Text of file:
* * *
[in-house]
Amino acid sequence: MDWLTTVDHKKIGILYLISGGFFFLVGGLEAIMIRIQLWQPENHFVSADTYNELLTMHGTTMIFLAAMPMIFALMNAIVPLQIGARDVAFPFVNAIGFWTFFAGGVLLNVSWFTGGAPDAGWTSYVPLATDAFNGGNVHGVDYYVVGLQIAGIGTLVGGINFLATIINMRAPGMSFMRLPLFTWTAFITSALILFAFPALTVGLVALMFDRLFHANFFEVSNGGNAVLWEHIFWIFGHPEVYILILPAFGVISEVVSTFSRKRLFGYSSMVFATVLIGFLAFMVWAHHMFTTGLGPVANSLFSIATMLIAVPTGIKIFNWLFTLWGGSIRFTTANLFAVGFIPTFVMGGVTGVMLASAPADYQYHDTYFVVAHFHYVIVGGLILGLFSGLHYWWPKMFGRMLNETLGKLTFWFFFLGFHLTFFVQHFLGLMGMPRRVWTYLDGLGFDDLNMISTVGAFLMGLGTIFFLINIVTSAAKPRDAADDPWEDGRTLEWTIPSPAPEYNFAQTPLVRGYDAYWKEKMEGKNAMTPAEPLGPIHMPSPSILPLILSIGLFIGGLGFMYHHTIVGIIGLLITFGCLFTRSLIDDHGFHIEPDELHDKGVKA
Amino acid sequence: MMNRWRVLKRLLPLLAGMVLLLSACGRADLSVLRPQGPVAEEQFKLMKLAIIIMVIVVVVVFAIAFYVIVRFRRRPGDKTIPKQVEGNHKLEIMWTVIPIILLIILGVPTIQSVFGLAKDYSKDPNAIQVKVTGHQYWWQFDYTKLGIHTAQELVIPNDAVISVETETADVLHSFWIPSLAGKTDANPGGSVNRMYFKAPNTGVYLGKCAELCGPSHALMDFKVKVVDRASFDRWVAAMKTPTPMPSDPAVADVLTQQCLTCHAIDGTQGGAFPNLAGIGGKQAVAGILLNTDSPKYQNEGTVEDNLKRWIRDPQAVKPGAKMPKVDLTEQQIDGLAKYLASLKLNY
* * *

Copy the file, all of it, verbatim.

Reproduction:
[in-house]
Amino acid sequence: MDWLTTVDHKKIGILYLISGGFFFLVGGLEAIMIRIQLWQPENHFVSADTYNELLTMHGTTMIFLAAMPMIFALMNAIVPLQIGARDVAFPFVNAIGFWTFFAGGVLLNVSWFTGGAPDAGWTSYVPLATDAFNGGNVHGVDYYVVGLQIAGIGTLVGGINFLATIINMRAPGMSFMRLPLFTWTAFITSALILFAFPALTVGLVALMFDRLFHANFFEVSNGGNAVLWEHIFWIFGHPEVYILILPAFGVISEVVSTFSRKRLFGYSSMVFATVLIGFLAFMVWAHHMFTTGLGPVANSLFSIATMLIAVPTGIKIFNWLFTLWGGSIRFTTANLFAVGFIPTFVMGGVTGVMLASAPADYQYHDTYFVVAHFHYVIVGGLILGLFSGLHYWWPKMFGRMLNETLGKLTFWFFFLGFHLTFFVQHFLGLMGMPRRVWTYLDGLGFDDLNMISTVGAFLMGLGTIFFLINIVTSAAKPRDAADDPWEDGRTLEWTIPSPAPEYNFAQTPLVRGYDAYWKEKMEGKNAMTPAEPLGPIHMPSPSILPLILSIGLFIGGLGFMYHHTIVGIIGLLITFGCLFTRSLIDDHGFHIEPDELHDKGVKA
Amino acid sequence: MMNRWRVLKRLLPLLAGMVLLLSACGRADLSVLRPQGPVAEEQFKLMKLAIIIMVIVVVVVFAIAFYVIVRFRRRPGDKTIPKQVEGNHKLEIMWTVIPIILLIILGVPTIQSVFGLAKDYSKDPNAIQVKVTGHQYWWQFDYTKLGIHTAQELVIPNDAVISVETETADVLHSFWIPSLAGKTDANPGGSVNRMYFKAPNTGVYLGKCAELCGPSHALMDFKVKVVDRASFDRWVAAMKTPTPMPSDPAVADVLTQQCLTCHAIDGTQGGAFPNLAGIGGKQAVAGILLNTDSPKYQNEGTVEDNLKRWIRDPQAVKPGAKMPKVDLTEQQIDGLAKYLASLKLNY